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Holden Karnofsky’s blog
Last year, we wrote:
A major goal of 2017 will be to reach and publish better-developed views on:
- Which worldviews we find most plausible: for example, how we allocate resources between giving that primarily focuses on present-day human welfare vs. present-day animal welfare vs. global catastrophic risks.
- How we allocate resources among worldviews.
- How we determine whether it’s better to make a given grant or save the money for a later date.
This post gives an update on this work.
A little over a year ago, the HistPhil blog put up a post by Tamara Mann Tweel about a now-published report we commissioned her to work on, regarding the Clinton Health Access Initiative (CHAI)’s role in global price drops for antiretroviral drugs (which can be crucial in treating HIV/AIDS).
The HistPhil post states:
Antiretroviral drugs (ARVs) went down from 10,000 – $15,000 per person per year to $140 per person per year between 2000 and 2005. This price drop inspired governments and international bodies to purchase ARVs and administer therapy to millions of individuals stricken with HIV/AIDS.
Last year and the year before, we published a set of suggestions for individual donors looking for organizations to support. This year, we are repeating the practice and publishing updated suggestions from Open Philanthropy Project staff who chose to provide them.
The same caveats as in previous years apply:
- These are reasonably strong options in causes of interest, and shouldn’t be taken as outright recommendations (i.e., it isn’t necessarily the case that the person making the suggestion thinks they’re the best option available across all causes). Note that interested staff wrote separately about where they personally donated, in this post.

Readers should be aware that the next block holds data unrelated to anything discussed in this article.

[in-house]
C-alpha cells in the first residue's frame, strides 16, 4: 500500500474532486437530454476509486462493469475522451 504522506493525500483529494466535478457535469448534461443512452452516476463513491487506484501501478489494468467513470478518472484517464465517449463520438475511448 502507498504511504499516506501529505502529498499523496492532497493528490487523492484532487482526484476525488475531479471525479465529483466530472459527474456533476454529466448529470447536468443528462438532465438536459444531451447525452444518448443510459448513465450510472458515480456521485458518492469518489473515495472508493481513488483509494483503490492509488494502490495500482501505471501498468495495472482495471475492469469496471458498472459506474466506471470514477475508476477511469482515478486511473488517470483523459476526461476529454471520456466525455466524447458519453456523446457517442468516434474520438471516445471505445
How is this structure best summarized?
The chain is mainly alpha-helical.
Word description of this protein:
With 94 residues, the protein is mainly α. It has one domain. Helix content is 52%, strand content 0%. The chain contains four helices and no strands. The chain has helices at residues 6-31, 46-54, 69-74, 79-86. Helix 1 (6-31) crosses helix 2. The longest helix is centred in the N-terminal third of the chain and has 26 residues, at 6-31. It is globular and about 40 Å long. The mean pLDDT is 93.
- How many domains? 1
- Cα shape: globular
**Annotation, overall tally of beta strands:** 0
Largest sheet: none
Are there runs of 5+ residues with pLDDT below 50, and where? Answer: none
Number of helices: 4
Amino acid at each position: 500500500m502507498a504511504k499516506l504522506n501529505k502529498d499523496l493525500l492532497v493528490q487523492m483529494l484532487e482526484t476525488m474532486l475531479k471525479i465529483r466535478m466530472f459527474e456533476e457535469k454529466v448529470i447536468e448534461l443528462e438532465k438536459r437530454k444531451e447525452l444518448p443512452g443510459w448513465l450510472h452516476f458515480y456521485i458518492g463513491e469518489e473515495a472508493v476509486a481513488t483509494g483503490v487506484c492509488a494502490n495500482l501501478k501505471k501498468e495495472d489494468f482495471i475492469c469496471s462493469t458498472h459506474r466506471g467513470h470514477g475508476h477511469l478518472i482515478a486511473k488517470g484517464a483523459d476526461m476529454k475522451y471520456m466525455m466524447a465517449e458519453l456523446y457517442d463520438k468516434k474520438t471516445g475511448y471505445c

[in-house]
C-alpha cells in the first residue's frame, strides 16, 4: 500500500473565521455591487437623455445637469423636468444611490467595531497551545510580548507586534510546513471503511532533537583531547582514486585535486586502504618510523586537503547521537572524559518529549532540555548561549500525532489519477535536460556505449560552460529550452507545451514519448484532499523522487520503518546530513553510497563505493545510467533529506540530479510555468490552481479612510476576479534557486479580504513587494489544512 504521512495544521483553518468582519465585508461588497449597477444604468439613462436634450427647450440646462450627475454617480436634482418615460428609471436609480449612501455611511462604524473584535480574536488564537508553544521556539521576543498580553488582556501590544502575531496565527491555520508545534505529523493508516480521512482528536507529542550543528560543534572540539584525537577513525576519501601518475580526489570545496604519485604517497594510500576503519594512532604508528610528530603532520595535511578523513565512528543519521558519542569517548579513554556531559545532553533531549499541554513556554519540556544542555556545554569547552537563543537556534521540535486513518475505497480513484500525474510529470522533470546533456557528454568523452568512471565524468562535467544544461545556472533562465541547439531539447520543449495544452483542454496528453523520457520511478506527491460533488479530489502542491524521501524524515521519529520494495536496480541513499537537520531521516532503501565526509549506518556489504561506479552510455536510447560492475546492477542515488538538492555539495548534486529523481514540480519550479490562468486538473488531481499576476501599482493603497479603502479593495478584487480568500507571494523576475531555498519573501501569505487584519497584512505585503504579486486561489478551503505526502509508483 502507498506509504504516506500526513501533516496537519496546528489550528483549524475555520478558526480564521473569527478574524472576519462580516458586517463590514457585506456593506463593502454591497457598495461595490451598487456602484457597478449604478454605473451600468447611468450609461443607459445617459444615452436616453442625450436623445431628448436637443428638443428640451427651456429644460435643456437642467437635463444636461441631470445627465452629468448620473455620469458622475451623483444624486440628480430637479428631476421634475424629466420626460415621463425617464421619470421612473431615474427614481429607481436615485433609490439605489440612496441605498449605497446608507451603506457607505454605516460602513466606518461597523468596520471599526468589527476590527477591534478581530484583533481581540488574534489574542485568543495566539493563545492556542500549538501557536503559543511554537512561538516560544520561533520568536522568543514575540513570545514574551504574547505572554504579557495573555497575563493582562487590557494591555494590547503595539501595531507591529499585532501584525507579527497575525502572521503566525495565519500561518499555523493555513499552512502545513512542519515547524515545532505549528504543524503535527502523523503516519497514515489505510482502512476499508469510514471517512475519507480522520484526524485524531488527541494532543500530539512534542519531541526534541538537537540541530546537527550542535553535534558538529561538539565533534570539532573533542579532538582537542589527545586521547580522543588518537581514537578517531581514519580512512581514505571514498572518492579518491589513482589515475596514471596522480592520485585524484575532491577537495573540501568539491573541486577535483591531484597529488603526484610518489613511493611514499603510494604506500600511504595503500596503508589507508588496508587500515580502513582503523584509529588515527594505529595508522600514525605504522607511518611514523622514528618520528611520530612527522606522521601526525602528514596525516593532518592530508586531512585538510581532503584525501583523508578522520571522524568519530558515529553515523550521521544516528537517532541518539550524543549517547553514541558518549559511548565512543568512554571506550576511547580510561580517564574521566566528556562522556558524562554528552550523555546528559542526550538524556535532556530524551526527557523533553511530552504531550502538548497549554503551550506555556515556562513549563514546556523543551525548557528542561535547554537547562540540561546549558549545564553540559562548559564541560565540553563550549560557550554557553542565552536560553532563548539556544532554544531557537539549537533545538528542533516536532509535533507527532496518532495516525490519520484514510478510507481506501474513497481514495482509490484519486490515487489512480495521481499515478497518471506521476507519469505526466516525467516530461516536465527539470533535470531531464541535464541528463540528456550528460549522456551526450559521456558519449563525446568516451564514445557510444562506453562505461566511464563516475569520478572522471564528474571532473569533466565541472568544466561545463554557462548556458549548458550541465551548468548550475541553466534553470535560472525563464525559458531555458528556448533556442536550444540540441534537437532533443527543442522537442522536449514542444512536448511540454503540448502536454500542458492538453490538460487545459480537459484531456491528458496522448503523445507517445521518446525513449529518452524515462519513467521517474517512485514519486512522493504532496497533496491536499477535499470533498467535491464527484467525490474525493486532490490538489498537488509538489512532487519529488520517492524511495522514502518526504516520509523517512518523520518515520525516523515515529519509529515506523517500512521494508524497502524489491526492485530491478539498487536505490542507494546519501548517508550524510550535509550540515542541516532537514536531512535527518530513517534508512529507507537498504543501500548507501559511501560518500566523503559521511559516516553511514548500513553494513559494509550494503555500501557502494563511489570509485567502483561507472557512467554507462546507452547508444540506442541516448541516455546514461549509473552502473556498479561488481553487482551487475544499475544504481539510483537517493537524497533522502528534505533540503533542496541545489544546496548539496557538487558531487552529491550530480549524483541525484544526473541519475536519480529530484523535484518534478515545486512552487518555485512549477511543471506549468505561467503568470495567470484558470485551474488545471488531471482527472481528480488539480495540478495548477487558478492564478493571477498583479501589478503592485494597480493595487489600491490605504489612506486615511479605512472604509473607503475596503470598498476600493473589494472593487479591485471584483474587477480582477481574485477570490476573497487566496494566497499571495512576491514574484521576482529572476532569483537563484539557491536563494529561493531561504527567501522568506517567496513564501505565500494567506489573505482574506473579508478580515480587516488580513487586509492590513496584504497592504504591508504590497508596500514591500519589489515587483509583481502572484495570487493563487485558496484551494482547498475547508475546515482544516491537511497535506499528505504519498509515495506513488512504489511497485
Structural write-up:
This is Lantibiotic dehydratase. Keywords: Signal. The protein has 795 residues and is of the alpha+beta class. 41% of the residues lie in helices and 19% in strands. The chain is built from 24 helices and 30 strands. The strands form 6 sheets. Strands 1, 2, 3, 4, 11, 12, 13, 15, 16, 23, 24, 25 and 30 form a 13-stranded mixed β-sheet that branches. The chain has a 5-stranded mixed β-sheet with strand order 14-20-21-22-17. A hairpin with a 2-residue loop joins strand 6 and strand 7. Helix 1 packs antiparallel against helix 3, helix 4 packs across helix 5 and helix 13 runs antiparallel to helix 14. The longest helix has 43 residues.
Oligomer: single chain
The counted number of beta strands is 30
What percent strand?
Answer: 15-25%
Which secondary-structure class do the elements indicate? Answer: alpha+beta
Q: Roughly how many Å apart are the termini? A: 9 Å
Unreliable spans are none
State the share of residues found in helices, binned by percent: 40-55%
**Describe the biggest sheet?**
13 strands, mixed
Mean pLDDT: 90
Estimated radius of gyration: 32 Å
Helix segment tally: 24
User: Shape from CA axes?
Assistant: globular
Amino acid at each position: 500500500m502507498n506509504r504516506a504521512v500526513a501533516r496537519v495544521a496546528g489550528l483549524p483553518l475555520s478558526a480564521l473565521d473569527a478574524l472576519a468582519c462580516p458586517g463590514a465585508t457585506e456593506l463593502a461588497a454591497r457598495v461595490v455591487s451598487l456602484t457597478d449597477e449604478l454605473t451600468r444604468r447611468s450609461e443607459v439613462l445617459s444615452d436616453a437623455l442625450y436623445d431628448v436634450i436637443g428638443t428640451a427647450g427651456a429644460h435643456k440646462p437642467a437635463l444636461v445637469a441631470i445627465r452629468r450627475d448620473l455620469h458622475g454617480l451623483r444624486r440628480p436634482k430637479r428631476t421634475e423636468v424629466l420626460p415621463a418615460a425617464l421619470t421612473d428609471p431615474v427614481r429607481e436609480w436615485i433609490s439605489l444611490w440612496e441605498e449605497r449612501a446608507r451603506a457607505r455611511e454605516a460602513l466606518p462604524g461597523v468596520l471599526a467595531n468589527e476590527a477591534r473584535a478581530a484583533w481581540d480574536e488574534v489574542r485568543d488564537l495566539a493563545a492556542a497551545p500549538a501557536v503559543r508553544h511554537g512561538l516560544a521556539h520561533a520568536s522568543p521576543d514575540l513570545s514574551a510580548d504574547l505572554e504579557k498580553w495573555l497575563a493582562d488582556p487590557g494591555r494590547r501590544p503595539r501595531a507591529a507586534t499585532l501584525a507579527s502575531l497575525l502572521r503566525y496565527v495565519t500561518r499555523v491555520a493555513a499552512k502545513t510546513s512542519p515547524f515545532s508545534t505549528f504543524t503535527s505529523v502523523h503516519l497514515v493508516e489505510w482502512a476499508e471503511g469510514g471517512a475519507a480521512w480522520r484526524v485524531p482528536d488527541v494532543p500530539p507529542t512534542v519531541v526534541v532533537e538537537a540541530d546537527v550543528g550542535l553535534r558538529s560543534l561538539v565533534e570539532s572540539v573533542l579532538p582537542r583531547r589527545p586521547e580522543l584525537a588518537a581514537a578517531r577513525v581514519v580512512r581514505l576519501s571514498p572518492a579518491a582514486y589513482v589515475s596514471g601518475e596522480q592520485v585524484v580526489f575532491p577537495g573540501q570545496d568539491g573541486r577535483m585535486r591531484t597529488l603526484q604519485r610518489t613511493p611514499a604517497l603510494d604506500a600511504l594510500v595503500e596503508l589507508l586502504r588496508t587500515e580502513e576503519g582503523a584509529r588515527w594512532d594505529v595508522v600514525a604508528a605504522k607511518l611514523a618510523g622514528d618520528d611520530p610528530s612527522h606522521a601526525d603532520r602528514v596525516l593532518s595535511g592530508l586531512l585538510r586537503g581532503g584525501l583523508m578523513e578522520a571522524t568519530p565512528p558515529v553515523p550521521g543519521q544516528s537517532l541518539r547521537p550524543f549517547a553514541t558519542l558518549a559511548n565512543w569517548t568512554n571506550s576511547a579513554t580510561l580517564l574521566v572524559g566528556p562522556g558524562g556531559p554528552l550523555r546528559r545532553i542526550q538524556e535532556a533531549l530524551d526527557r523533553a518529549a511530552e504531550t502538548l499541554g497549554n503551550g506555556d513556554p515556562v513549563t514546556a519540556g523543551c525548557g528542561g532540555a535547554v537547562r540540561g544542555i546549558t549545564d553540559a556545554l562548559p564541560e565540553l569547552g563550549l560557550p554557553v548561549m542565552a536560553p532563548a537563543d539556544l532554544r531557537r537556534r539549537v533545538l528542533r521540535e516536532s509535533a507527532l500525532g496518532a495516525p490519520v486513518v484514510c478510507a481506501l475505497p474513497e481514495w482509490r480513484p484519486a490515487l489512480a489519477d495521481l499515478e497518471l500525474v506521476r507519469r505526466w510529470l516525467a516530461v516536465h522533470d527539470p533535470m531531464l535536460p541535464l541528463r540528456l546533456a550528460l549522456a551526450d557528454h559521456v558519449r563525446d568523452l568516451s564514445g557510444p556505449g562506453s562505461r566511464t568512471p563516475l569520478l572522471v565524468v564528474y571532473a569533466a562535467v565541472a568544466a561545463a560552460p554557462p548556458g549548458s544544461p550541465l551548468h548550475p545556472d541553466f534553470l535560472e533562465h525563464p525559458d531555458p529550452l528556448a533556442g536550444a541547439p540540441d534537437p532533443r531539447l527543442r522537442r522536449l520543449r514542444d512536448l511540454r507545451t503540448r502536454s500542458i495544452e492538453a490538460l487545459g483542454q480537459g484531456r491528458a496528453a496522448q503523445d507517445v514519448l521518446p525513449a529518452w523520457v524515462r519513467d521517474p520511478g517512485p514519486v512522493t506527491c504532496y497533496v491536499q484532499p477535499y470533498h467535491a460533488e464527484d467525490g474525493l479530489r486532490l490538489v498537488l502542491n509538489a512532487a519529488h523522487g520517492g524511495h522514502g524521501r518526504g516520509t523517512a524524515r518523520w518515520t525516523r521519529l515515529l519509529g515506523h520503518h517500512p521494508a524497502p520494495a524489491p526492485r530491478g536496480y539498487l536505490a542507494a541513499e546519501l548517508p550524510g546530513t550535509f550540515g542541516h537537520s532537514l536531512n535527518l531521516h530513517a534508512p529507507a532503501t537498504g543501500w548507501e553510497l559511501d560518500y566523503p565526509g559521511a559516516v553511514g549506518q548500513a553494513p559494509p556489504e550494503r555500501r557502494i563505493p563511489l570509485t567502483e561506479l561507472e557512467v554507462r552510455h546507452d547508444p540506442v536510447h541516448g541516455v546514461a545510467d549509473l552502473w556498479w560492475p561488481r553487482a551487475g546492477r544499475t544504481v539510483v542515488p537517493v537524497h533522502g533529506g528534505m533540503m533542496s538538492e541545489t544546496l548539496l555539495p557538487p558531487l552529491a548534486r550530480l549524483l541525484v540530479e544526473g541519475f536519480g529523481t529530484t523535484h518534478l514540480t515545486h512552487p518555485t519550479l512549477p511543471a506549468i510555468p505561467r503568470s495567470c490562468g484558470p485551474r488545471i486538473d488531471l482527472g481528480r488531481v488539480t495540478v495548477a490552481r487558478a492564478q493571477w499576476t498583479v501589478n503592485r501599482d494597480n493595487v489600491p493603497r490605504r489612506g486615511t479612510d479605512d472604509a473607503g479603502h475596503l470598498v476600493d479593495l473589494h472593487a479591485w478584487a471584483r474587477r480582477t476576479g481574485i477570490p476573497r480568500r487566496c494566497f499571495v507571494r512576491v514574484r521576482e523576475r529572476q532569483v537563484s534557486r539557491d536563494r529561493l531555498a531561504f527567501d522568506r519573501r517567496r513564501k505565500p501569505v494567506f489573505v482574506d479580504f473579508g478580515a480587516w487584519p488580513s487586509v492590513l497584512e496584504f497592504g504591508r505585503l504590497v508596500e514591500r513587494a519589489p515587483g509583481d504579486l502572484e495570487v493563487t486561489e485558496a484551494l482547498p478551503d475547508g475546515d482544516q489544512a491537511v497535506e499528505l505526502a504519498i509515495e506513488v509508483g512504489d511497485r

- In many cases, we find a funding gap we’d like to fill, and then we recommend filling the entire funding gap with a single grant. That doesn’t leave much scope for making a suggestion for individuals. The cases listed below, then, are the cases where, for one reason or another, we haven’t decided to recommend filling an organization’s full funding gap, and we believe it could make use of fairly arbitrary amounts of donations from individuals.
- Our explanations for why these are strong giving opportunities are very brief and informal, and we don’t expect individuals to be persuaded by them unless they put a lot of weight on the judgment of the person making the suggestion.
For this post, some Open Phil staff members wrote up the thinking behind their personal donations for the year. Staff are listed in order of their start dates.
You can click the below links to jump to a staff member’s entry:
- Holden Karnofsky
- Alexander Berger
- Nick Beckstead
- Helen Toner
- Claire Zabel
- Lewis Bollard
- Ajeya Cotra
- Morgan Davis
- Michael Levine
I front-loaded my giving last year, and consistent with that, I am not giving this year.